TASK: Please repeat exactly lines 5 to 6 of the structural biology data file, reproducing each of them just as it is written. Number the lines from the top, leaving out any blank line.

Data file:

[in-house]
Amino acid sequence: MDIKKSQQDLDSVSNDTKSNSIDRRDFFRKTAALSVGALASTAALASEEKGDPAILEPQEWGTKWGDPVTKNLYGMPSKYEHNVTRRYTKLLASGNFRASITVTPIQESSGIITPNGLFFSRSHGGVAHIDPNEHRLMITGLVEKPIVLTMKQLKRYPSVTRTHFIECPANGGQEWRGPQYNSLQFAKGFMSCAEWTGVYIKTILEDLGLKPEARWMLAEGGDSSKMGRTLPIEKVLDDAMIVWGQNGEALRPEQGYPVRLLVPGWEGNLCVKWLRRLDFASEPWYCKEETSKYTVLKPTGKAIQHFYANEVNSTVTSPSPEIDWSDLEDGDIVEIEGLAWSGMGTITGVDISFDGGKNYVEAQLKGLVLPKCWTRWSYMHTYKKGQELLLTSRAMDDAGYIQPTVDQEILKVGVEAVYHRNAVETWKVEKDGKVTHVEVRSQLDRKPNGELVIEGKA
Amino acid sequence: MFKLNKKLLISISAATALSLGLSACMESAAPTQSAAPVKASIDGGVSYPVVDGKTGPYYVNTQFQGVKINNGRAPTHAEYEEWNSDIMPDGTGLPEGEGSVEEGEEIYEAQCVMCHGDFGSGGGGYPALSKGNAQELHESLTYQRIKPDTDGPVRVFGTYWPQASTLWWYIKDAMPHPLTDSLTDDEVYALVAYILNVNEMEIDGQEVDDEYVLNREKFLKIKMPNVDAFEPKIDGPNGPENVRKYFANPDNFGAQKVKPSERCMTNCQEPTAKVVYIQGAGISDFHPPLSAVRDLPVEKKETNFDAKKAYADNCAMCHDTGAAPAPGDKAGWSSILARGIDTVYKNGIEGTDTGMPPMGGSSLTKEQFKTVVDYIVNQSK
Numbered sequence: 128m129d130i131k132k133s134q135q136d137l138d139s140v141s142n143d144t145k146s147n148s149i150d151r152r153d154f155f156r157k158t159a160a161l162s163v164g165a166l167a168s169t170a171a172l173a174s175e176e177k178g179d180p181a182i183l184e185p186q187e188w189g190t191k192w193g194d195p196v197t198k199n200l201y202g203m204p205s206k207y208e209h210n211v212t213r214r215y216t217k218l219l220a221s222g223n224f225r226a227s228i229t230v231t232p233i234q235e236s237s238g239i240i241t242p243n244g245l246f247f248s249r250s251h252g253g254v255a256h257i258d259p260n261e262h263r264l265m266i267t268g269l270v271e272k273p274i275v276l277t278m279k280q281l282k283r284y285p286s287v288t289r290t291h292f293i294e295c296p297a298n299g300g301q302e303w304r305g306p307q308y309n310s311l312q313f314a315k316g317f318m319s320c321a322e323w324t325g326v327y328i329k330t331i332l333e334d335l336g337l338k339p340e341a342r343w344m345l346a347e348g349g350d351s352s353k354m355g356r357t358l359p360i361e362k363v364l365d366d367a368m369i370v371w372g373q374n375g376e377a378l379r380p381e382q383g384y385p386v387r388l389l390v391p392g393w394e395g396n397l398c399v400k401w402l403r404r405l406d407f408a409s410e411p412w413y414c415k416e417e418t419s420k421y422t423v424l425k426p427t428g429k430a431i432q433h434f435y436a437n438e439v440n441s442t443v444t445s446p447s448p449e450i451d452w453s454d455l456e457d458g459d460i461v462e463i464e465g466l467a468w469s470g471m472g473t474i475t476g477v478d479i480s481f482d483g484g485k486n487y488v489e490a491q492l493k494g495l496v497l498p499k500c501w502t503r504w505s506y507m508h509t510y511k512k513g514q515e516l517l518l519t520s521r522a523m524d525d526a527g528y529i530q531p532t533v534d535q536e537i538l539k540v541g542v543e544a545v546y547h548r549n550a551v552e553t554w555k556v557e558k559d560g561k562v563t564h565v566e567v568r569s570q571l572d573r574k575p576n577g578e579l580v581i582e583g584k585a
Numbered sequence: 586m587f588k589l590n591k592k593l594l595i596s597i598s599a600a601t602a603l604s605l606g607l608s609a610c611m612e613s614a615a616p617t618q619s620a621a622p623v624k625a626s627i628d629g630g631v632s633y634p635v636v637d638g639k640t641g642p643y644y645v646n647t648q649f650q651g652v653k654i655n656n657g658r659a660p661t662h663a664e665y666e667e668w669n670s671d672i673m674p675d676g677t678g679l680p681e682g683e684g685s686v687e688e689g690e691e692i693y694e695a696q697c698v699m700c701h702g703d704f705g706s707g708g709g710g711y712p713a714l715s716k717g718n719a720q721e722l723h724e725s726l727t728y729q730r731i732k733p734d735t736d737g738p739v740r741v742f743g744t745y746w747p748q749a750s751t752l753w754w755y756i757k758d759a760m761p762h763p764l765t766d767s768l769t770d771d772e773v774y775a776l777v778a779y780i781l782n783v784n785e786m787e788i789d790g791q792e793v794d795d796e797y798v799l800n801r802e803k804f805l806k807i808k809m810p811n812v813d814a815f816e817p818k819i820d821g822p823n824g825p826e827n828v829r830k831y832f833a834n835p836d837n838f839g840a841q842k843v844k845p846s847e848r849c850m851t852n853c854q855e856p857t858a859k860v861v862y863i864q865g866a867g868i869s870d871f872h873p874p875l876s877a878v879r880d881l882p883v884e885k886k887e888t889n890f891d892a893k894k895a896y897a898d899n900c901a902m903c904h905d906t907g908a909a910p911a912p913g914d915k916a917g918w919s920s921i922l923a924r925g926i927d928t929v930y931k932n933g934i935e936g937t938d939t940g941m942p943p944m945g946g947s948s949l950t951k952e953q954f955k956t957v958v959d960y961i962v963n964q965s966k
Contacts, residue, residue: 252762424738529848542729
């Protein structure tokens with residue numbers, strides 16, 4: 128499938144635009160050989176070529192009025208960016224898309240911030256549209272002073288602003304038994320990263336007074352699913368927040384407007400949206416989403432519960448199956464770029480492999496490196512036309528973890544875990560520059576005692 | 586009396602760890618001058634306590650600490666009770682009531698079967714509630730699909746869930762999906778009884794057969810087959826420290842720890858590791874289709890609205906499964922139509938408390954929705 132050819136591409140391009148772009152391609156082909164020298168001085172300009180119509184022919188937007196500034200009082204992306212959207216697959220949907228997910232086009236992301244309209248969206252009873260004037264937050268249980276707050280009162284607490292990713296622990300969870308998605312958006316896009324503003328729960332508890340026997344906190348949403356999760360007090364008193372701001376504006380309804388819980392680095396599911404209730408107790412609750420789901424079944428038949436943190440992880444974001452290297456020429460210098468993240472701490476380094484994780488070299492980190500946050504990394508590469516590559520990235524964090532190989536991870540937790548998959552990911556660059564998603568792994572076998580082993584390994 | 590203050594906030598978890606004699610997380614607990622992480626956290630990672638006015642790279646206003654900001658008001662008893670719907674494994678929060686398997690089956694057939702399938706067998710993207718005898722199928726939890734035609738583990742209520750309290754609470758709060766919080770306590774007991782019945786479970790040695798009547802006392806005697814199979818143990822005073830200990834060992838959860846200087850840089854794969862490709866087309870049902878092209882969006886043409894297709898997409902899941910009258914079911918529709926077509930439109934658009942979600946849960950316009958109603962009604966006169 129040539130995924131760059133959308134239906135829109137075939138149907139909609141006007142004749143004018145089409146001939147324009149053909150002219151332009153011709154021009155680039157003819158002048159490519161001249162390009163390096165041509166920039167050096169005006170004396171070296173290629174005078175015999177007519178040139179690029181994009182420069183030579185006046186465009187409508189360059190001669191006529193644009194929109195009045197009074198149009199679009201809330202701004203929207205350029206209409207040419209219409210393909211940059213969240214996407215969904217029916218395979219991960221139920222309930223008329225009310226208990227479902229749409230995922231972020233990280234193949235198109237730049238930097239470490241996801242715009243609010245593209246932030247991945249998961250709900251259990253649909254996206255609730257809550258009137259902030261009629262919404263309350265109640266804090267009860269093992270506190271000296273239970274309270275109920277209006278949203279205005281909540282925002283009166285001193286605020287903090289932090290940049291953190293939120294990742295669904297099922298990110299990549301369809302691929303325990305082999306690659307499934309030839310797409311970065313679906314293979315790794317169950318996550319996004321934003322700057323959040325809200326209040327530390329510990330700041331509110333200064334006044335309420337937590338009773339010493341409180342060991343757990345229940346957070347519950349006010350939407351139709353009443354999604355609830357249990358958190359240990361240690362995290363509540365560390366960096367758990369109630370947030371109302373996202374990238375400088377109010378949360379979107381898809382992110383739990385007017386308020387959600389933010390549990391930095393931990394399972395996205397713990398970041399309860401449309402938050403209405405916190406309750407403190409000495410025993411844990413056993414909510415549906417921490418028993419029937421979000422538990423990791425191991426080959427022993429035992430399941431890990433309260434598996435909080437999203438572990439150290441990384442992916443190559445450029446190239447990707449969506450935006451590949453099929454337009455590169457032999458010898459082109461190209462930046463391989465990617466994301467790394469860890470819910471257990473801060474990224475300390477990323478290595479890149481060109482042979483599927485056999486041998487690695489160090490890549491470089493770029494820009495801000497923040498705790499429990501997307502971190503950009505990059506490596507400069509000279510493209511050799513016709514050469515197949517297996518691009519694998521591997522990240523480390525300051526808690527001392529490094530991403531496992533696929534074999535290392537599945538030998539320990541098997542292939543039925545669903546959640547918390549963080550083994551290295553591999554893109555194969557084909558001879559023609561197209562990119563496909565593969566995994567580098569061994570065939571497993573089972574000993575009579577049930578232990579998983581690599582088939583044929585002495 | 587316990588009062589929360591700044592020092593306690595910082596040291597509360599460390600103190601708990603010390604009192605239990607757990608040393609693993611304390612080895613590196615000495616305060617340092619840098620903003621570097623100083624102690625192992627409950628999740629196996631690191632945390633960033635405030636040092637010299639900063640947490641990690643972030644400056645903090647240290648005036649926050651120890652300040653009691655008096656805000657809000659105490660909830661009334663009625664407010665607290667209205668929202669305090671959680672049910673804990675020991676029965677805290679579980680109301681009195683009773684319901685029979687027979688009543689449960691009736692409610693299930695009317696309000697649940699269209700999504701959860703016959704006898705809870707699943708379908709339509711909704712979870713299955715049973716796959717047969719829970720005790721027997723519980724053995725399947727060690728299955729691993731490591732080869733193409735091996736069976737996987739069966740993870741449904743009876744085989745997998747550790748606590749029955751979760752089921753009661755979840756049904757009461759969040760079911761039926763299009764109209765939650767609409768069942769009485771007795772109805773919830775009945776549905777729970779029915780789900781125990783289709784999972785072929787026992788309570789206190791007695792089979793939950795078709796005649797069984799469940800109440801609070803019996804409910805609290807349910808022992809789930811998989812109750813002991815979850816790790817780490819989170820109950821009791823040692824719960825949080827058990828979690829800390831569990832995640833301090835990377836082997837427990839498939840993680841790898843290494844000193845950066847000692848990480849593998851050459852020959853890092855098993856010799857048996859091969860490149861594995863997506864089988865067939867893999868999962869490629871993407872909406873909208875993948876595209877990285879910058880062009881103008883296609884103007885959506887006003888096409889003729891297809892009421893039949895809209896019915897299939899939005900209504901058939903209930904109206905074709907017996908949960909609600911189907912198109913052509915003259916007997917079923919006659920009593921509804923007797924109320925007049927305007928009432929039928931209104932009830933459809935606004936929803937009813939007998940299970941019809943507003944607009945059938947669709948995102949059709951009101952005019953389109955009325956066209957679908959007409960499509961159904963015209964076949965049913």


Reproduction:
Numbered sequence: 586m587f588k589l590n591k592k593l594l595i596s597i598s599a600a601t602a603l604s605l606g607l608s609a610c611m612e613s614a615a616p617t618q619s620a621a622p623v624k625a626s627i628d629g630g631v632s633y634p635v636v637d638g639k640t641g642p643y644y645v646n647t648q649f650q651g652v653k654i655n656n657g658r659a660p661t662h663a664e665y666e667e668w669n670s671d672i673m674p675d676g677t678g679l680p681e682g683e684g685s686v687e688e689g690e691e692i693y694e695a696q697c698v699m700c701h702g703d704f705g706s707g708g709g710g711y712p713a714l715s716k717g718n719a720q721e722l723h724e725s726l727t728y729q730r731i732k733p734d735t736d737g738p739v740r741v742f743g744t745y746w747p748q749a750s751t752l753w754w755y756i757k758d759a760m761p762h763p764l765t766d767s768l769t770d771d772e773v774y775a776l777v778a779y780i781l782n783v784n785e786m787e788i789d790g791q792e793v794d795d796e797y798v799l800n801r802e803k804f805l806k807i808k809m810p811n812v813d814a815f816e817p818k819i820d821g822p823n824g825p826e827n828v829r830k831y832f833a834n835p836d837n838f839g840a841q842k843v844k845p846s847e848r849c850m851t852n853c854q855e856p857t858a859k860v861v862y863i864q865g866a867g868i869s870d871f872h873p874p875l876s877a878v879r880d881l882p883v884e885k886k887e888t889n890f891d892a893k894k895a896y897a898d899n900c901a902m903c904h905d906t907g908a909a910p911a912p913g914d915k916a917g918w919s920s921i922l923a924r925g926i927d928t929v930y931k932n933g934i935e936g937t938d939t940g941m942p943p944m945g946g947s948s949l950t951k952e953q954f955k956t957v958v959d960y961i962v963n964q965s966k
Contacts, residue, residue: 252762424738529848542729